She continued: “I would hear my babies do this and just assume that they were frustrated and wanted to be picked up, so I would pick them up, but in actuality I was waking them up.”
Commenting on the fact, Karen says: “We all stir when in the lighter phases of sleep.”
Adding: “I always advise my clients not to rush in too soon just because baby is stirring. Often people think baby needs something when they are actually just linking sleep cycles and don’t need us at all.”
Rule: The side pat will help them sleep
Emma Collett, from Utah, a certified sleep consultant, shared this trick on her instagram page, brighterdayssleep, and revealed that it’s the best way to resettle your baby when they wake from a short nap.
Emma says babies simply need help learning how to bridge their own sleep cycles.
You can do this by rolling the baby onto their side and say shush loudly.
Then pat their chest and back in a steady motion until they have fallen asleep.
Karen agrees and says it “works on newborns really well.”
“It needs to be quite strong and works well with white noise and a swaddle, she confirms. Adding: “Always remember to roll onto their back once asleep.”
Rule: Rubbing your baby’s eyebrows will make them fall asleep
Exhausted dad Austin Miles Geter, from Dallas, swears by this tip after sharing a clip on Facebook of him trying to soothe his newborn, Charlie, to sleep.
While he reckons stroking his bub’s eyebrows is a game changer, there is no science to back it up, according to the experts.
“I heard if you gently rub their eyebrows they go to sleep. So I’m going to try it,” he said in the video, before Charlie’s eyelids begin to droop, and she nods off almost instantly.
But Karen’s not convinced admitting there’s “no evidence this works,” saying “it may just help your baby to calm down.”
She says: “Each baby is different and some like touch more than others. It’s unlikely this will work for very long once baby gets older and more easily stimulated.”
Whilst some babies will love this, others may not experience the same benefits. Every baby is different!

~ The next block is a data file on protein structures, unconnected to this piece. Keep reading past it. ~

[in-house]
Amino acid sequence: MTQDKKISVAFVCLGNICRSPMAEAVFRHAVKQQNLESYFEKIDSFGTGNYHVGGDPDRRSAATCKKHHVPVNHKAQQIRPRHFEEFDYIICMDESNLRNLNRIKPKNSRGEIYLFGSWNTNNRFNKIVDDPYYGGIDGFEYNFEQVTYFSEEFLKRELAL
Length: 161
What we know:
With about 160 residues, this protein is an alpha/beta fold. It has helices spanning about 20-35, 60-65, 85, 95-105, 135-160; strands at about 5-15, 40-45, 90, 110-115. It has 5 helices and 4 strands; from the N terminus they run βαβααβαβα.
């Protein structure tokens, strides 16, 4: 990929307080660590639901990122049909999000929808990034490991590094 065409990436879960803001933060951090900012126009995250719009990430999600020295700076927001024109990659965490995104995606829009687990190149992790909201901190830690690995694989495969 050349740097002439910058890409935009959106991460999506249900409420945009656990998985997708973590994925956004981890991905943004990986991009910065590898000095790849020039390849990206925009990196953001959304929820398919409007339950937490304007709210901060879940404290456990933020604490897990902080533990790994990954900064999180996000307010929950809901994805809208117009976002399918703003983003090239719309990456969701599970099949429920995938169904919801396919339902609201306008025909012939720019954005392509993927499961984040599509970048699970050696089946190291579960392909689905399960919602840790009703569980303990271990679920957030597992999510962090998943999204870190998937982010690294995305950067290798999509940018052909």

While the eyebrows, specifically, does little to help a baby fall asleep, some experts reckon a massage before bed could help aid their sleep – although all babies are different.
Suze says “rubbing your baby’s eyebrows can be amazingly relaxing for them” but stresses it won’t always work.
“Although, whilst some babies will love this, others may not experience the same benefits. Every baby is different!” she explains.
“Generally though, soft touches and light massages do help to settle babies.”
Rule: Never feed baby to sleep
In the same way rocking a child to sleep makes them dependant on their parents, many argue that mums should never let their bubs fall asleep while nursing.
Suze says: “Feeding a baby to sleep isn’t the best hack… food will quickly become a cue that they rely on to go to sleep.”
She adds that there “may be times when this is helpful”, for example when they’re teething or unwell, but try not to “make a habit out of feeding your baby to sleep.”
But Karen reckons this is “totally up to the parent” as it’s a “choice not a rule,” so do whatever works for you.
She says: “If you want baby to learn to sleep independently though it’s best to move feed a little earlier so they don’t have that association to sleep which can mean they will look for it each time they wake.”
Rule: White noise will help them sleep
In short, this is correct and well worth giving it a go, according to the experts.
Karen explains that it “gives them something to focus on” and it’s ideal for newborns.
Suze agrees saying: “It’s surprisingly loud in the womb, so babies are actually comforted by noise! Silence is very new to them at first.”
In other parenting news, we shared twelve ways to break your children’s screen addiction as technology and gaming wrecks sleep.
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Common mistakes parents make
Karen Miller, a Baby & Toddler Sleep Consultant at Asleep At Last shares her advice with Fabulous:
- Rushing in and disrupting a child learning to put them selves to sleep – Just because they make noise / cry out now and then doesn’t mean they need anything.
- Bedtime is too late – For most of my clients I recommend a bedtime of ssleep by 6.30pm because early bedtimes do not mean early morning wakes. They can actually mean baby is overtired.
- Engage with the child too much. – Especially with toddlers, loads of negotiating and seeing you is way too stimulating and will cause them to get a second wind / fully wake up and not go back to sleep.